[NBLUG/talk] I hate perl. :-)

Walter Hansen gandalf at sonic.net
Thu Jun 1 13:19:41 PDT 2006

> A lot of those sorts of levels of performance hit actually vanish in the
> noise.  Programmers are more expensive than hardware.  Imagine you've got
> a
> decent sized project that'll take 10 programmers a year to write in Java
> or
> either twice as many programmers or twice as much time to write in C.
> Even
> if the Java runs 10 times as slow, you can buy an awful lot of hardware
> for
> your over $1M savings.  And it's entirely possible to write a faster
> program
> in a "slower" language.  (Given just the memory management issues, I'm
> guessing my 2:1 ratio of programmer time is a much lower ratio than most
> projects would actually encounter)

(lots of quote snipped from Eric)

Just wanted to chime in and say that I've experienced the same thing. One
routine that my company runs 100+ instances of at one time was written by
me in perl. The orginal plan was to get someone good in C in a linux
enviornment to re-code it once the bugs were worked out. However in actual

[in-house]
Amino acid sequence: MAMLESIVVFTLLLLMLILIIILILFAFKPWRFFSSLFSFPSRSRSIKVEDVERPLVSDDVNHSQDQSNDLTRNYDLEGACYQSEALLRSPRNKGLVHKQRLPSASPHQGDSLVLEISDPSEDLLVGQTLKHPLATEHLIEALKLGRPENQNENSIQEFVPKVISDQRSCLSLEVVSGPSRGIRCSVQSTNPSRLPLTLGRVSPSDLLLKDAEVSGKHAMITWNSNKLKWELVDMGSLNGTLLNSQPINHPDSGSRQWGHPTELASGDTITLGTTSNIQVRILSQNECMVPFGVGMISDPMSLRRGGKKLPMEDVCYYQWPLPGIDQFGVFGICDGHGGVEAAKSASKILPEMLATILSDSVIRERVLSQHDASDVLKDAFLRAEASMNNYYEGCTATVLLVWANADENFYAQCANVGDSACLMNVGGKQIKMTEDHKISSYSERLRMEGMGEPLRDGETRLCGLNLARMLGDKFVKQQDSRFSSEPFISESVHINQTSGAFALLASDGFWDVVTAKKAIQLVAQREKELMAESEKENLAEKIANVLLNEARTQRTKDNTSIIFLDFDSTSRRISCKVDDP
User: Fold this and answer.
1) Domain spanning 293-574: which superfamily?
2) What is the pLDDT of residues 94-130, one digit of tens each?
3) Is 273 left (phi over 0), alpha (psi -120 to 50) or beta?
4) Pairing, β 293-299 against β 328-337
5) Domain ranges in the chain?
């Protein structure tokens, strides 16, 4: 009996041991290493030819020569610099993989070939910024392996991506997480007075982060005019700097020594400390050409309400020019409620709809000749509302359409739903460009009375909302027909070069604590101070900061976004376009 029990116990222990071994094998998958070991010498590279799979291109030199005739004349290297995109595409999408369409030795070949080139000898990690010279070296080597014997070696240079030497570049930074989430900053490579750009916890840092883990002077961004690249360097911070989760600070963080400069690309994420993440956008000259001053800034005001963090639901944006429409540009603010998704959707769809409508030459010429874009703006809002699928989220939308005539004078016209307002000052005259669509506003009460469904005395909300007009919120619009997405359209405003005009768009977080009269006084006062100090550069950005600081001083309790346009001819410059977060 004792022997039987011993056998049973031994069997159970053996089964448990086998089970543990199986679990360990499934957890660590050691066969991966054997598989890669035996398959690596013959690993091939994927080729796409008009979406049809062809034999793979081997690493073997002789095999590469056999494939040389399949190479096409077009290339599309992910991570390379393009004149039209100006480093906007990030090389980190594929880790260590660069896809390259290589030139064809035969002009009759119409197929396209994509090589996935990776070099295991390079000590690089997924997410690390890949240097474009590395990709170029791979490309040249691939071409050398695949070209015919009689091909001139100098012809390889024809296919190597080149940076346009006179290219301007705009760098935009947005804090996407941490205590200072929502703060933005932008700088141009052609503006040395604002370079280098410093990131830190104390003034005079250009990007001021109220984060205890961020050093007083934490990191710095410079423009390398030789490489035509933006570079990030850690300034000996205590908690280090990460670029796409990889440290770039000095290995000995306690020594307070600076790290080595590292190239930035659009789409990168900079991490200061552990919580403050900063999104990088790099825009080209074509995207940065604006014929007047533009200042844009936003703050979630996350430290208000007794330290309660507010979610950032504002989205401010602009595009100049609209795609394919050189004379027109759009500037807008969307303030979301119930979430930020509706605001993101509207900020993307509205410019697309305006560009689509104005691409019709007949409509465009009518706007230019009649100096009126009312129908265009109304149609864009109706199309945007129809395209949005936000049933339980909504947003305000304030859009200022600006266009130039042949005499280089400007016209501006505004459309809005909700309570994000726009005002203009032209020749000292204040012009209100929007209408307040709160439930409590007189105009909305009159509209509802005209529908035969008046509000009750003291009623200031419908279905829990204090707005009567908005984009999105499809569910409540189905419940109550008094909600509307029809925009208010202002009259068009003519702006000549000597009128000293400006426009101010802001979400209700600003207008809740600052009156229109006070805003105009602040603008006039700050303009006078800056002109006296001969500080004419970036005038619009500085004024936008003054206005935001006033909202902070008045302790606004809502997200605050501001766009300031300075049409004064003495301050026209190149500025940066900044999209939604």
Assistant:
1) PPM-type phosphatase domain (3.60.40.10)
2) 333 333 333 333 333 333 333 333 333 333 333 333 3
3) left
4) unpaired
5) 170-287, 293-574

practice it was found that even with speed being a important factor, the
routine wasn't slow enough to matter and the re-write never happend. About
the only problem with the code is the 2 or so megs of memory that each
instance requires. I imagine that C would slim this down quite a bit, but
it's never been a real issue.

On the other hand we had a complex routine programmed in Java by a
contract programmer and it sucks down reasources like soda. We actually
had to limit the amount of data going in as it would crash. I'm not sure
why, but chunking up the data and feeding it to it a bit at a time creates
no problems. I'd imagine it's a design flaw on the programmers part.

I also run into another time related programming issue. Things that run at
night. If a server runs a program for one miniute instead of one hour in
the middle of the night was it worth the extra work? It's a little like
the tree in the woods; nobody heard it. So it's important to consider if
you really need speed in the first place.

I do things mostly in perl. I haven't worked in C or C++ since the 90s and
never on a *ix box. I recently needed a mini application for windows
desktop environment and contracted a C++ programmer to do the work for
less money than buying a up-to-date compiler/library.

Oh, I love perl. It's a little like C^2. I used to love C and C++ and I'm
sure I could again if I need to. I also love PHP (for web use), although I
have no formal training and generally just modify existing code. I should
probably read a book on Python but I've got a lack of carrot problem.

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